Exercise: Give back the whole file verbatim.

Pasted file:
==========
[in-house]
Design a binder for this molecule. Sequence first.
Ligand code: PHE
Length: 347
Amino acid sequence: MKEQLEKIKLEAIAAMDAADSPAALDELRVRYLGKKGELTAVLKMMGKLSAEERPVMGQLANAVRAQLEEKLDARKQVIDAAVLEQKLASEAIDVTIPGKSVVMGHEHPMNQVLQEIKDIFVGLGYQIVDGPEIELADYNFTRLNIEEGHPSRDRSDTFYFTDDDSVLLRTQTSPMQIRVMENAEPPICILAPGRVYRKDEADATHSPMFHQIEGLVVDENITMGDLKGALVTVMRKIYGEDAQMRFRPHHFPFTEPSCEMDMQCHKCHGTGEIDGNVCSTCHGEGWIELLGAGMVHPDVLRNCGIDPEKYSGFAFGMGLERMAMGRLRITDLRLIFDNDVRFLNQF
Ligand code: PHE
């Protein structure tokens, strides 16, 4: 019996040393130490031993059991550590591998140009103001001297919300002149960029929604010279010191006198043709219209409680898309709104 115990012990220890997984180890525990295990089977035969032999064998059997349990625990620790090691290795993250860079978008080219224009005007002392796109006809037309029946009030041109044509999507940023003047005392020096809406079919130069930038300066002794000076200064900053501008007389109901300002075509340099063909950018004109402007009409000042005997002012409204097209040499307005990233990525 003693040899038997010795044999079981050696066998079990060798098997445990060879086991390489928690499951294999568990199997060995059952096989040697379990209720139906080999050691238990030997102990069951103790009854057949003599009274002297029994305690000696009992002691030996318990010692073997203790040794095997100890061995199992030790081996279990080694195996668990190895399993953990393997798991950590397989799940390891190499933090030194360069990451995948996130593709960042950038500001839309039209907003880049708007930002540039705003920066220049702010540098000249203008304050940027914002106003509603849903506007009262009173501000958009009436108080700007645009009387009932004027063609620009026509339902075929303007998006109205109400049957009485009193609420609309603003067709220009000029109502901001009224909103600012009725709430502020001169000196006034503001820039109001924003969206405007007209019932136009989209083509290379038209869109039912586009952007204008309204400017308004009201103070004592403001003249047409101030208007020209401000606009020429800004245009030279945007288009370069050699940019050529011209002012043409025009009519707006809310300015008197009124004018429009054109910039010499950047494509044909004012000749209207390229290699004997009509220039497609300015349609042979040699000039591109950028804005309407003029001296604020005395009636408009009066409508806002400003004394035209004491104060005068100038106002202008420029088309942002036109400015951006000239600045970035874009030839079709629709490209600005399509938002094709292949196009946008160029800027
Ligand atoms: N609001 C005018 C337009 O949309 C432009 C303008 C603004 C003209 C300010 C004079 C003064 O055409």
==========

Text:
[in-house]
Design a binder for this molecule. Sequence first.
Ligand code: PHE
Length: 347
Amino acid sequence: MKEQLEKIKLEAIAAMDAADSPAALDELRVRYLGKKGELTAVLKMMGKLSAEERPVMGQLANAVRAQLEEKLDARKQVIDAAVLEQKLASEAIDVTIPGKSVVMGHEHPMNQVLQEIKDIFVGLGYQIVDGPEIELADYNFTRLNIEEGHPSRDRSDTFYFTDDDSVLLRTQTSPMQIRVMENAEPPICILAPGRVYRKDEADATHSPMFHQIEGLVVDENITMGDLKGALVTVMRKIYGEDAQMRFRPHHFPFTEPSCEMDMQCHKCHGTGEIDGNVCSTCHGEGWIELLGAGMVHPDVLRNCGIDPEKYSGFAFGMGLERMAMGRLRITDLRLIFDNDVRFLNQF
Ligand code: PHE
């Protein structure tokens, strides 16, 4: 019996040393130490031993059991550590591998140009103001001297919300002149960029929604010279010191006198043709219209409680898309709104 115990012990220890997984180890525990295990089977035969032999064998059997349990625990620790090691290795993250860079978008080219224009005007002392796109006809037309029946009030041109044509999507940023003047005392020096809406079919130069930038300066002794000076200064900053501008007389109901300002075509340099063909950018004109402007009409000042005997002012409204097209040499307005990233990525 003693040899038997010795044999079981050696066998079990060798098997445990060879086991390489928690499951294999568990199997060995059952096989040697379990209720139906080999050691238990030997102990069951103790009854057949003599009274002297029994305690000696009992002691030996318990010692073997203790040794095997100890061995199992030790081996279990080694195996668990190895399993953990393997798991950590397989799940390891190499933090030194360069990451995948996130593709960042950038500001839309039209907003880049708007930002540039705003920066220049702010540098000249203008304050940027914002106003509603849903506007009262009173501000958009009436108080700007645009009387009932004027063609620009026509339902075929303007998006109205109400049957009485009193609420609309603003067709220009000029109502901001009224909103600012009725709430502020001169000196006034503001820039109001924003969206405007007209019932136009989209083509290379038209869109039912586009952007204008309204400017308004009201103070004592403001003249047409101030208007020209401000606009020429800004245009030279945007288009370069050699940019050529011209002012043409025009009519707006809310300015008197009124004018429009054109910039010499950047494509044909004012000749209207390229290699004997009509220039497609300015349609042979040699000039591109950028804005309407003029001296604020005395009636408009009066409508806002400003004394035209004491104060005068100038106002202008420029088309942002036109400015951006000239600045970035874009030839079709629709490209600005399509938002094709292949196009946008160029800027
Ligand atoms: N609001 C005018 C337009 O949309 C432009 C303008 C603004 C003209 C300010 C004079 C003064 O055409």